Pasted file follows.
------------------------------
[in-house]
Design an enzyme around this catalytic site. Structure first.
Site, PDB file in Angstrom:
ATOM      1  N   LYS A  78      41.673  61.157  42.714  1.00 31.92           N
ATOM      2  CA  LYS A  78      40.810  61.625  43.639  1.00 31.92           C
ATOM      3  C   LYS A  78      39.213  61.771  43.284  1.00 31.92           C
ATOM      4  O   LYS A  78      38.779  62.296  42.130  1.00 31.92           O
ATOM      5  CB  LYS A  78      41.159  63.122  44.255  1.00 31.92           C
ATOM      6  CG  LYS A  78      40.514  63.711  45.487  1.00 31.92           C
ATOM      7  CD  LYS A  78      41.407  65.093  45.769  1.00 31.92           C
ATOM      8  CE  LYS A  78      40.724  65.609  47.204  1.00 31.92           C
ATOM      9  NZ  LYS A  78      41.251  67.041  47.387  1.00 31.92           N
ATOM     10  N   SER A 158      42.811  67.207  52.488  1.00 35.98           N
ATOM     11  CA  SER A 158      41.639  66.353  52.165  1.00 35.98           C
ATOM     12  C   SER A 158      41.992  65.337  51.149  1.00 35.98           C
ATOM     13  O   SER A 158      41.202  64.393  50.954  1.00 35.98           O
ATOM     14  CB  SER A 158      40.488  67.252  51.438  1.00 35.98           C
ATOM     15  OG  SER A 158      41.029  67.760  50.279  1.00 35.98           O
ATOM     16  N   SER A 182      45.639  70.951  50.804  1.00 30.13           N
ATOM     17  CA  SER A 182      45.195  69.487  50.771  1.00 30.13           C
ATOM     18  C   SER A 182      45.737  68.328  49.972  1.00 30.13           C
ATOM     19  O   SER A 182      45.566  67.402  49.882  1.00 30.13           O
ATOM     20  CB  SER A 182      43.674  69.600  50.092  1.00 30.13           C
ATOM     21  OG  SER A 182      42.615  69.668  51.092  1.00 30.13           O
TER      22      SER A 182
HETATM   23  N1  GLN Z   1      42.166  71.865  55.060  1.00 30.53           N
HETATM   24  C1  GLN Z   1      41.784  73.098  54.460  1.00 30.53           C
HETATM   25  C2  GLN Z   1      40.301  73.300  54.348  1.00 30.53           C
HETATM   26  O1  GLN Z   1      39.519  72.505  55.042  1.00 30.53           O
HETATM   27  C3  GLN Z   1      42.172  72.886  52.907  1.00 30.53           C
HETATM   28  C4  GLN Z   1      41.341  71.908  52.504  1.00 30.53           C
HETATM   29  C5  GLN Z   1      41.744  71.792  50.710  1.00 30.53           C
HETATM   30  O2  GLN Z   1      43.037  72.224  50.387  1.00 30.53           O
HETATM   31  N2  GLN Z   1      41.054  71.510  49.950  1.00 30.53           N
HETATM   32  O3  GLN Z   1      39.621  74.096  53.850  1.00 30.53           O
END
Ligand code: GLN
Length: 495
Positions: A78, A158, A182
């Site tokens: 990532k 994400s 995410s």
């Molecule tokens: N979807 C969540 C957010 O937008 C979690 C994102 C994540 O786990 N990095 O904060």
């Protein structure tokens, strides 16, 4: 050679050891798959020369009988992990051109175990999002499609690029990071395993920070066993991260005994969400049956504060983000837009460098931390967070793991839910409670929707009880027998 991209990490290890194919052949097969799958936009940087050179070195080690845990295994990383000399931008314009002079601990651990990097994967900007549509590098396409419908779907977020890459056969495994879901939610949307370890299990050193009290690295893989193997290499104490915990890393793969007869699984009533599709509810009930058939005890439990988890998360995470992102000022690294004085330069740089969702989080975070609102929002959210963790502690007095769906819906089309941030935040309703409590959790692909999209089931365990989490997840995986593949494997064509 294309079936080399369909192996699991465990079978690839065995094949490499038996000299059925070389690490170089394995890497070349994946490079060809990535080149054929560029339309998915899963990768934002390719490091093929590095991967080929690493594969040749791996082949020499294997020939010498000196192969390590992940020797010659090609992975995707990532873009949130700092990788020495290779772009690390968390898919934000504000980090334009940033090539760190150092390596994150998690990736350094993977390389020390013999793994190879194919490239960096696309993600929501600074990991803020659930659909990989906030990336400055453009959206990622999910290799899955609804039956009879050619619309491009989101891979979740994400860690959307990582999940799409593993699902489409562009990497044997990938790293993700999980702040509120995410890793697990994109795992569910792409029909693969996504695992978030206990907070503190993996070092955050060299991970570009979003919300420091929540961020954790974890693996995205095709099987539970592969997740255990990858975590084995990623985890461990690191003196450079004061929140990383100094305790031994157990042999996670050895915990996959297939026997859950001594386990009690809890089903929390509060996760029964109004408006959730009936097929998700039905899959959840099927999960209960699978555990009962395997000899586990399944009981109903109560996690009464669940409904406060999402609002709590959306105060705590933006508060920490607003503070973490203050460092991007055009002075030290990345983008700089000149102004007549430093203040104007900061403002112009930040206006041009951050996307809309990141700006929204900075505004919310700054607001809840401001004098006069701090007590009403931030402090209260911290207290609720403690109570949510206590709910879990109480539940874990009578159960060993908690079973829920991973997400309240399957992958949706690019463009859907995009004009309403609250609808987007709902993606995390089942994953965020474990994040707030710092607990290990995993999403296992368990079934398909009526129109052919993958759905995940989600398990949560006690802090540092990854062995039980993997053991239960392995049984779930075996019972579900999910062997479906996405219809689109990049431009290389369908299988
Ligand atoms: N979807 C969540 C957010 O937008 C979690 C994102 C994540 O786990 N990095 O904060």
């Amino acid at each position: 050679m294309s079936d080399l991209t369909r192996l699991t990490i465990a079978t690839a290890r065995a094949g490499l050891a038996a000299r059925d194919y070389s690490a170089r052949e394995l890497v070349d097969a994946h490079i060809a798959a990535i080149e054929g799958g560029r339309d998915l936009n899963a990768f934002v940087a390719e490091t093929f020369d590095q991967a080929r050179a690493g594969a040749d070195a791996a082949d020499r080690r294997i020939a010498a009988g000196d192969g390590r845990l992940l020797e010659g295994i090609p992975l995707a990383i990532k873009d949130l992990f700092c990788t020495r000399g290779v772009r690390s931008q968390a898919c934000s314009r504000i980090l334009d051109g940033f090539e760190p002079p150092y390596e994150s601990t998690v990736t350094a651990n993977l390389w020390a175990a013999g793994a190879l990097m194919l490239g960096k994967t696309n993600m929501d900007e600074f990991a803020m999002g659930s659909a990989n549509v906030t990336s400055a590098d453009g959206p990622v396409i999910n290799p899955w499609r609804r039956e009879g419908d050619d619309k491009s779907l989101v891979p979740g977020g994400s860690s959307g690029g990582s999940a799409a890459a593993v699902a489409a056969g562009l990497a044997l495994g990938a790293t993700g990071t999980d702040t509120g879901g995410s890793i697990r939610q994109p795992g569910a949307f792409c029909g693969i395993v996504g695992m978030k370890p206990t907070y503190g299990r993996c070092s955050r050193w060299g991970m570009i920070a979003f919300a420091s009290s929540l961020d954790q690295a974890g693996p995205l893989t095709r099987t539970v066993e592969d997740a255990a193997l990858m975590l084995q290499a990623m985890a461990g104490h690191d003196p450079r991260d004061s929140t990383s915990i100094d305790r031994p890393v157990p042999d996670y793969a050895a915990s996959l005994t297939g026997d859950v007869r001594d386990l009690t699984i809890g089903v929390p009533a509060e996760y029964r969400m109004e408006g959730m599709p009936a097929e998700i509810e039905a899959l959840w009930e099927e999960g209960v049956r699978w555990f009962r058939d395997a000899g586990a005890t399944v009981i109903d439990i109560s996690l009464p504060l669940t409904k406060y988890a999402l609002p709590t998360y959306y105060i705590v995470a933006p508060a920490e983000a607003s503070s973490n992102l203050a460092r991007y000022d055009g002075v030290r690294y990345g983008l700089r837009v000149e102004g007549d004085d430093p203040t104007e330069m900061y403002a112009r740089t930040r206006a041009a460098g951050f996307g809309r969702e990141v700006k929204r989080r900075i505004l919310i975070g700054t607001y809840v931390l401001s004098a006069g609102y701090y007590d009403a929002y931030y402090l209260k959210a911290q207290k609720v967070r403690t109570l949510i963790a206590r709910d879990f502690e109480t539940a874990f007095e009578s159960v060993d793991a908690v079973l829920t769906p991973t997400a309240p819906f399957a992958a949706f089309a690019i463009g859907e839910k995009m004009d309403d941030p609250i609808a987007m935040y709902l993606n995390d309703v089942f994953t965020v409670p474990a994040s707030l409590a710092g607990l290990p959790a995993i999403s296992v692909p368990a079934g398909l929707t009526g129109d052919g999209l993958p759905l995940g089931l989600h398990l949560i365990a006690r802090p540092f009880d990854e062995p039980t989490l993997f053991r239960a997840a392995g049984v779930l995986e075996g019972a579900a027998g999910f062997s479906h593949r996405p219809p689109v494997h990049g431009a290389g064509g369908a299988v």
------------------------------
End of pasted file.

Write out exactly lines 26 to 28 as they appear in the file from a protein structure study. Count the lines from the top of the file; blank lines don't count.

HETATM   23  N1  GLN Z   1      42.166  71.865  55.060  1.00 30.53           N
HETATM   24  C1  GLN Z   1      41.784  73.098  54.460  1.00 30.53           C
HETATM   25  C2  GLN Z   1      40.301  73.300  54.348  1.00 30.53           C